The regular kono was originally invented by former PWA Freestyle World Champion - Kiri Thode (JP) - and has since become one of the must have moves on the world tour as well as being a prerequisite for the kabikuchi. While the regular mono is an advanced move as long as you can duck the sail in regular stance there’s nothing to stop you trying and to help you on your journey we caught up with a few of the best freestylers in the world to find out their top tips.
Antoine Albert (Goya Windsurfing)
- Prerequisite moves: basic freestyle (spock and flaka variations), normal stance duck, clew first backloop might help you as well.
- The duck has to be a bit lower than for a bob/culo variation, but not too much otherwise you lose power and speed and lift.
- Flat water is easier when first learning the move. Lift the sail with both arms and not only by pushing on the back one, as with all the other moves stay on your front foot otherwise the mast will catch the water.
- Top tips -> after the first 180, bring your body back over the base by pulling your front leg under you and in the same time, let go the back hand and throw the sail forward with the front hand.
Riccardo Marca (Fanatic / NorthSails / Maui Ultra Fins)
- It’s really important to duck the sail right, so make sure you try to keep as much speed as possible. that’s the hardest part but also the most important one. Try to be fast when you duck the sail and don’t lose your balance on the board.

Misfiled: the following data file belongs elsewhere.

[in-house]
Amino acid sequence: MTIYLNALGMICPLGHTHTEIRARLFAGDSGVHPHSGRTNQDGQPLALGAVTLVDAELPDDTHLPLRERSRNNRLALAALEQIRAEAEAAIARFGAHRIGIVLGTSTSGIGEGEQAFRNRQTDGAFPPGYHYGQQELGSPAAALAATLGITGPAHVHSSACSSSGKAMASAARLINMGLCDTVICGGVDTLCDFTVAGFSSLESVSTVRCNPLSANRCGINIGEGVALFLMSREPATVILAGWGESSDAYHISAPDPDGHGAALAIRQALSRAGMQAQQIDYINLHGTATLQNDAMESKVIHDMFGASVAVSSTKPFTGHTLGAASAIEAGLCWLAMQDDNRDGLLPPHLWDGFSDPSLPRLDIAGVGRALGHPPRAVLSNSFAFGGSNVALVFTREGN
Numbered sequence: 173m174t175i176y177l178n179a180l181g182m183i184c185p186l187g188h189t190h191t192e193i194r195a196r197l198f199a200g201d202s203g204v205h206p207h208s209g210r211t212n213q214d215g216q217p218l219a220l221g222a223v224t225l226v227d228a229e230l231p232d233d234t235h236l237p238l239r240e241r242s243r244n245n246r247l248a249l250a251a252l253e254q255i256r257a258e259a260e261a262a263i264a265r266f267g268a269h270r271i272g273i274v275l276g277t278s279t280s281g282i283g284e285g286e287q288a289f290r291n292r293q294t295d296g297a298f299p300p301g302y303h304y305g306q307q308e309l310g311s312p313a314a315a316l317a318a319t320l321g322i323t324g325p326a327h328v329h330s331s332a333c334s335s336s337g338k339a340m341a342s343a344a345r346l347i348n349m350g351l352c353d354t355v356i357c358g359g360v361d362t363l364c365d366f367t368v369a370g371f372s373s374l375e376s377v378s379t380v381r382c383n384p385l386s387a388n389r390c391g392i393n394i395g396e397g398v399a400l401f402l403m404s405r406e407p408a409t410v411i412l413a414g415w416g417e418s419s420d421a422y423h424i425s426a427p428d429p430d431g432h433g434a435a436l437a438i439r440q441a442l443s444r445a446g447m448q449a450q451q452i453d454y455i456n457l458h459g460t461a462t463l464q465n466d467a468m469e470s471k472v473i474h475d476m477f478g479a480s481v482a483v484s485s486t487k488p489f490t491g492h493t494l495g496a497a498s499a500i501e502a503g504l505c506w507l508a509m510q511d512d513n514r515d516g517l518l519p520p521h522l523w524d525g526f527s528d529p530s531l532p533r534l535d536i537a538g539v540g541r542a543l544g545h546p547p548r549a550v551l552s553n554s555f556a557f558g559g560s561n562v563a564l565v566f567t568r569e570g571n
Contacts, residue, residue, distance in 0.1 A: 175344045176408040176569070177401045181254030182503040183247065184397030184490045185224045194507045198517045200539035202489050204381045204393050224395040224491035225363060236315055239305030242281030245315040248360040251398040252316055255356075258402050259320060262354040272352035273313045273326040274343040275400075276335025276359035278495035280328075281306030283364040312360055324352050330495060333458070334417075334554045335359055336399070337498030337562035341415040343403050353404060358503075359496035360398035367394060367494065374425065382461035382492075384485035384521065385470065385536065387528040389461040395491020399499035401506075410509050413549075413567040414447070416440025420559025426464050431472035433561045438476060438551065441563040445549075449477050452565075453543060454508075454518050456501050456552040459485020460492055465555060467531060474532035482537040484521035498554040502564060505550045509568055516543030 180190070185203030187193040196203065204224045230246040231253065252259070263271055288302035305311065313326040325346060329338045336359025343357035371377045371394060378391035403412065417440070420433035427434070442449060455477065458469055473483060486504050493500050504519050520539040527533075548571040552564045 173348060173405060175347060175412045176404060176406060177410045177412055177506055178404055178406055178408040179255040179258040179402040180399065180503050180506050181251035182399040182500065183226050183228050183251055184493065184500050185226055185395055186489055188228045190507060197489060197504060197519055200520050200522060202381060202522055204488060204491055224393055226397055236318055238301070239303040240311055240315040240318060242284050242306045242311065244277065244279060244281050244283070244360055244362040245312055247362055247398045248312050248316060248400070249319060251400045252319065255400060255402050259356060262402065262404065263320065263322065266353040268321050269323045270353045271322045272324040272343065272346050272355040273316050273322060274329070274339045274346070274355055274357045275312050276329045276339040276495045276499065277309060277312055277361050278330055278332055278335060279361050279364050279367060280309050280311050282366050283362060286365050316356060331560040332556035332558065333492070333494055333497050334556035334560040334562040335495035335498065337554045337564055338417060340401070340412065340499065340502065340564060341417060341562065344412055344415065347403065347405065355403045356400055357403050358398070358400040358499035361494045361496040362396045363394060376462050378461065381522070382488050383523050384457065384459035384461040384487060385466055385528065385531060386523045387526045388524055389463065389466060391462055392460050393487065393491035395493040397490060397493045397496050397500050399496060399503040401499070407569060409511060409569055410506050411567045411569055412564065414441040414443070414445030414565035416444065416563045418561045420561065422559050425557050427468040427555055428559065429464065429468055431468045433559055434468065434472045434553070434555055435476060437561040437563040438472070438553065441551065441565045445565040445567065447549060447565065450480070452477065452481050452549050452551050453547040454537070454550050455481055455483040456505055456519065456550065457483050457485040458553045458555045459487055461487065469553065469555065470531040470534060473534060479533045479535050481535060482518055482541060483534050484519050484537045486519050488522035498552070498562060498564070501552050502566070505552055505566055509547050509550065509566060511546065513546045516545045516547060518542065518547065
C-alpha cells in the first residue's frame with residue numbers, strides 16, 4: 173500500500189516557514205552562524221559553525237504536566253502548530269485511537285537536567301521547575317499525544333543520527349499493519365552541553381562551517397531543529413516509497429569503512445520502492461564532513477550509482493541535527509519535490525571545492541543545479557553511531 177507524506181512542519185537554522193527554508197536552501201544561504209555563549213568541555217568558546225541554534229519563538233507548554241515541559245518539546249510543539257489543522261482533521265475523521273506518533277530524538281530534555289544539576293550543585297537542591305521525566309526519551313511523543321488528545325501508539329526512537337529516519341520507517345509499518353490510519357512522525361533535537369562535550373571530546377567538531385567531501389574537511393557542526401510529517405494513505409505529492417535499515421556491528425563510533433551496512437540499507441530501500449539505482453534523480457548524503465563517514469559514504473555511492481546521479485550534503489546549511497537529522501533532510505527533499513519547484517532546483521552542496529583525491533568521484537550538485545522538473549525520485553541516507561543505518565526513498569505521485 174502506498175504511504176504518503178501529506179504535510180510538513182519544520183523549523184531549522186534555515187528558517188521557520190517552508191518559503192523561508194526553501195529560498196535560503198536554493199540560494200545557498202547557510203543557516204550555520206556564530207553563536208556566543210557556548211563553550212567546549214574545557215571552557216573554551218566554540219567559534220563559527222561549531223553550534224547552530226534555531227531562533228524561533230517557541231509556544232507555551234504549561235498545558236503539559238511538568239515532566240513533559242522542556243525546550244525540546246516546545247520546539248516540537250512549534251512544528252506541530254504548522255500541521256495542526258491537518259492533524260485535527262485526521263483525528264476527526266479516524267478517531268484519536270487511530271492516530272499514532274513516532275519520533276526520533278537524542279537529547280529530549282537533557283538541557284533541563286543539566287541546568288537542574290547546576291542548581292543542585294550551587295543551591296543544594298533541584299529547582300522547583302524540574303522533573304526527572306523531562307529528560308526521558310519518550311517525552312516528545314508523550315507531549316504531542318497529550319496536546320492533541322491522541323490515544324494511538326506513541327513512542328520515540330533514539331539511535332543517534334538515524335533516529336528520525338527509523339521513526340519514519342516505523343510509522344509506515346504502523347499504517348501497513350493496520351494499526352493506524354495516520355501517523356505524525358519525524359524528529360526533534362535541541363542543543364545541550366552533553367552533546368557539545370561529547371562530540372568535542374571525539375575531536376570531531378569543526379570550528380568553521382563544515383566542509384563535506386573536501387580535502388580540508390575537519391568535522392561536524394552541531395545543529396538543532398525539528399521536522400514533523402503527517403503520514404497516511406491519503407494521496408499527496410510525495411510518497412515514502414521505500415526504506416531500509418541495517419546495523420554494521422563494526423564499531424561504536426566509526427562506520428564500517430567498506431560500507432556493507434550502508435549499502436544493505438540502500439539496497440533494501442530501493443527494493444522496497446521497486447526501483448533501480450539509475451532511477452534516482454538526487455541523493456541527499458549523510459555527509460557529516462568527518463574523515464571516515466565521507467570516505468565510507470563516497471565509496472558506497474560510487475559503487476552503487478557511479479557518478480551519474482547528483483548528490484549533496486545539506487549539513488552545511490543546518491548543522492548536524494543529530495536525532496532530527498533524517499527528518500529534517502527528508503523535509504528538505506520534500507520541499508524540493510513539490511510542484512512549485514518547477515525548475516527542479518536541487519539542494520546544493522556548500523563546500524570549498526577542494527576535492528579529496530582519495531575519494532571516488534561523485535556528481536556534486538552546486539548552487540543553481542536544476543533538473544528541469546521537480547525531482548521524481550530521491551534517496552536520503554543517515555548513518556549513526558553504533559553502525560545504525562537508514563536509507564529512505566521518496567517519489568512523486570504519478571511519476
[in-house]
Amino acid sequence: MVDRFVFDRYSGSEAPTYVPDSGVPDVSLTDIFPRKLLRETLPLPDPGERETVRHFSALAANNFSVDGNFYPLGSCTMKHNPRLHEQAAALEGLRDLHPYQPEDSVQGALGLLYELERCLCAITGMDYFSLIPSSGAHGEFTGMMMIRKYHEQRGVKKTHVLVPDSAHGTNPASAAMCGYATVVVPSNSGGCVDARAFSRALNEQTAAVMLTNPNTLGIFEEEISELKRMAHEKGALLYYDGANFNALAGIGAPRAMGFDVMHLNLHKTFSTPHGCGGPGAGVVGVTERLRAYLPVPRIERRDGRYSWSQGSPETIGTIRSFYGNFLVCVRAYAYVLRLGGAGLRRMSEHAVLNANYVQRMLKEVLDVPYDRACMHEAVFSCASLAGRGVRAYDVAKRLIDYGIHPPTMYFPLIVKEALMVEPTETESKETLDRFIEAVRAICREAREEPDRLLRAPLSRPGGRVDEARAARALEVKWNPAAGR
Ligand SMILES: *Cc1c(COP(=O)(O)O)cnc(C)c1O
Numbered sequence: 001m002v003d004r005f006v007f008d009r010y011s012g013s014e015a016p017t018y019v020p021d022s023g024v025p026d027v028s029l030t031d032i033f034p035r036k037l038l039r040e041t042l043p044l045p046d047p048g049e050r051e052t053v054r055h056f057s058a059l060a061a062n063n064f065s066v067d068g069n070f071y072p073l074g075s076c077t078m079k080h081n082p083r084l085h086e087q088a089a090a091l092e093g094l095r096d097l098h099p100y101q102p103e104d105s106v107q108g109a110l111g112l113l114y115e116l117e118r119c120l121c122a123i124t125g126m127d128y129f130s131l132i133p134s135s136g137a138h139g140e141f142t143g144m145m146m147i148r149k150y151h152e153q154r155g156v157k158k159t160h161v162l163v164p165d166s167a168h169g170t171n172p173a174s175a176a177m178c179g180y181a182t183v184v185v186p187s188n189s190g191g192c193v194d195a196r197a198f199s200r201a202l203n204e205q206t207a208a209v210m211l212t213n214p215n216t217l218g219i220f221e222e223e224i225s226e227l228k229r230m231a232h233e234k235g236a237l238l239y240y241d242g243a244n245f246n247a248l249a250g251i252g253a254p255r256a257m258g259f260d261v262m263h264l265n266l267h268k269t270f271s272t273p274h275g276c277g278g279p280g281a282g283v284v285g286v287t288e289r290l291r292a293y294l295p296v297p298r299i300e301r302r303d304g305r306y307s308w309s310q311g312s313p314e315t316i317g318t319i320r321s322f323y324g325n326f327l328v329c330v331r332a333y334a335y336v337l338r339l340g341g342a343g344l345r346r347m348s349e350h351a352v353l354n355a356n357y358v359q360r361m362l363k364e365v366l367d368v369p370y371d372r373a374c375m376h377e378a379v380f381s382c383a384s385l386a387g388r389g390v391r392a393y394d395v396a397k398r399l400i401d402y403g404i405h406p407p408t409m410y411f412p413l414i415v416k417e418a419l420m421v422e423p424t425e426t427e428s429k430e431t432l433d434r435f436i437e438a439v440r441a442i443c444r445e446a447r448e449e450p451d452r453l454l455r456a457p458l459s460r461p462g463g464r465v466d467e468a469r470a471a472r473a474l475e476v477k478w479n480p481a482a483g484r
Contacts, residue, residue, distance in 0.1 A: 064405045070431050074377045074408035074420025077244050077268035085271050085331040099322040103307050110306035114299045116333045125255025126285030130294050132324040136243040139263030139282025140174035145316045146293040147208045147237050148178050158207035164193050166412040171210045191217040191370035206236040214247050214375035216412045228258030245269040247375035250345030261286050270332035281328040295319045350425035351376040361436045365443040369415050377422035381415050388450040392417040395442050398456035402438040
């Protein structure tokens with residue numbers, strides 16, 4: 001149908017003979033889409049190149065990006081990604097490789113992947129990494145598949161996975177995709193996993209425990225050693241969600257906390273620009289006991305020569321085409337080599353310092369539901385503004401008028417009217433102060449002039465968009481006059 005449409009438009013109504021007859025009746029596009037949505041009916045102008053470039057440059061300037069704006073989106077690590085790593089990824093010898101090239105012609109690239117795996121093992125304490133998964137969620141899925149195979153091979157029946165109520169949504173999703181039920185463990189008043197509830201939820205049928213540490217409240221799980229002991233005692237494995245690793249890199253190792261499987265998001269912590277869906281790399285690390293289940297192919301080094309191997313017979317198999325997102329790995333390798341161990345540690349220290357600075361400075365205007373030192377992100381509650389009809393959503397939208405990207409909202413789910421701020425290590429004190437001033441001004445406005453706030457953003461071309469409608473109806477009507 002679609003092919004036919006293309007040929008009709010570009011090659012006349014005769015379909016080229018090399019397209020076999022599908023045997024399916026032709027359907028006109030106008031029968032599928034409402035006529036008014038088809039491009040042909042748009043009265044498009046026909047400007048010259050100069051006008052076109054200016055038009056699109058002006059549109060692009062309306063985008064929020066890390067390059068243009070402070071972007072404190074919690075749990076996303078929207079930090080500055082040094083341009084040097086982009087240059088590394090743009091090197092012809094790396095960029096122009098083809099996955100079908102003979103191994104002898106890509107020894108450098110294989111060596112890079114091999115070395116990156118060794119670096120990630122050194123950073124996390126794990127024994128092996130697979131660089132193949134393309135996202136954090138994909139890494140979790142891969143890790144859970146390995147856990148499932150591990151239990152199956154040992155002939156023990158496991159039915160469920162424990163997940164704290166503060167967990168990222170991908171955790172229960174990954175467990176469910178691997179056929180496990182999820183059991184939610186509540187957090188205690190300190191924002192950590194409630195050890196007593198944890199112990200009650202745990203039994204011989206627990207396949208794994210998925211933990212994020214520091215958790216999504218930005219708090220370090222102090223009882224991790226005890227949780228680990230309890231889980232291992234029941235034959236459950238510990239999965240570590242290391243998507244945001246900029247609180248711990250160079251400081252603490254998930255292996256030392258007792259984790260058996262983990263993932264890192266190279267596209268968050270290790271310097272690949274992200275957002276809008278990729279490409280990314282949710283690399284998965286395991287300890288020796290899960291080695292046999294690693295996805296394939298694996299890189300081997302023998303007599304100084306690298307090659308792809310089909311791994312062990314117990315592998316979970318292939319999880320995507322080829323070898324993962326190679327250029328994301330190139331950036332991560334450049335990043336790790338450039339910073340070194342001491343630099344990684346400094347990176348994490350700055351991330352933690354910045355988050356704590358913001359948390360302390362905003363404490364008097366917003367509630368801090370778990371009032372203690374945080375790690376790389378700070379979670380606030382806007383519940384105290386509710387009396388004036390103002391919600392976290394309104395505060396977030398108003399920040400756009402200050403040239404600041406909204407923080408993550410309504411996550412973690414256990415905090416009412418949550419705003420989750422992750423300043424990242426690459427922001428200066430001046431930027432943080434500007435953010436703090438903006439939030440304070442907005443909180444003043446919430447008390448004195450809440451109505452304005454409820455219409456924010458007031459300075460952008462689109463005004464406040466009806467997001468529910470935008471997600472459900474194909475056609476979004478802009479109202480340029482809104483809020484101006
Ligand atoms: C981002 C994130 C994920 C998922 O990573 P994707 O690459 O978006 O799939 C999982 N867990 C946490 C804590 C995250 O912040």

- Not losing your speed when ducking the sail is so important because when you lose speed you won’t be able to take off!
- Once you have ducked the sail bend your knees before jumping.
-Don’t put too much pressure on your back foot otherwise the board will spin out even before jumping.
- Top tips for Kono: The best kono’s are when you duck perfectly and can translate the speed and power in your sail into major lift.
- With kono’s if you carve too much upwind after ducking the sail you will lose speed and power in your sail.
- So after you’ve ducked the sail rather than pointing the nose of the board too far into the wind, find the point where you’re just pointing a slight bit more upwind from when you started ducking.
- And then try to get your sail behind you so that it’s in the power zone once you start pushing out. That way you get maximum lift.
- Once you start pushing out with your backhand, don’t give in to the sail, keep your front arm straight and counter the sail’s power as hard as you can.
- You’re upside down and flying now captain!
- To ensure a safe landing on your feet and not on your back remember to pull in with your back hand so that you come upright again.
Rick Jendrusch (Severne):
- It’s really important to duck the sail well. To make this a bit easier it is important you duck the sail fluidly. Try not to go too much downwind when you duck the sail for a kono just try to do it on half wind, maybe a really, really small bit downwind.
- If you have the sail ducked try to push a bit on your back hand to get the sail to power up and stay on your halfwind course.
- Now you press full power on the sail, mostly you push away the backhand, but also make sure you bring the sail up!
- Watch with your head for the spot where you want to land… i.e. so watch over your shoulder.
- Hang on to your sail and try to get your legs under your bum and pull a bit on your backhand to turn all the way around.
- (The most important things: go half wind, let the sail fill up with power, push hard on your backhand when the sail has the most power)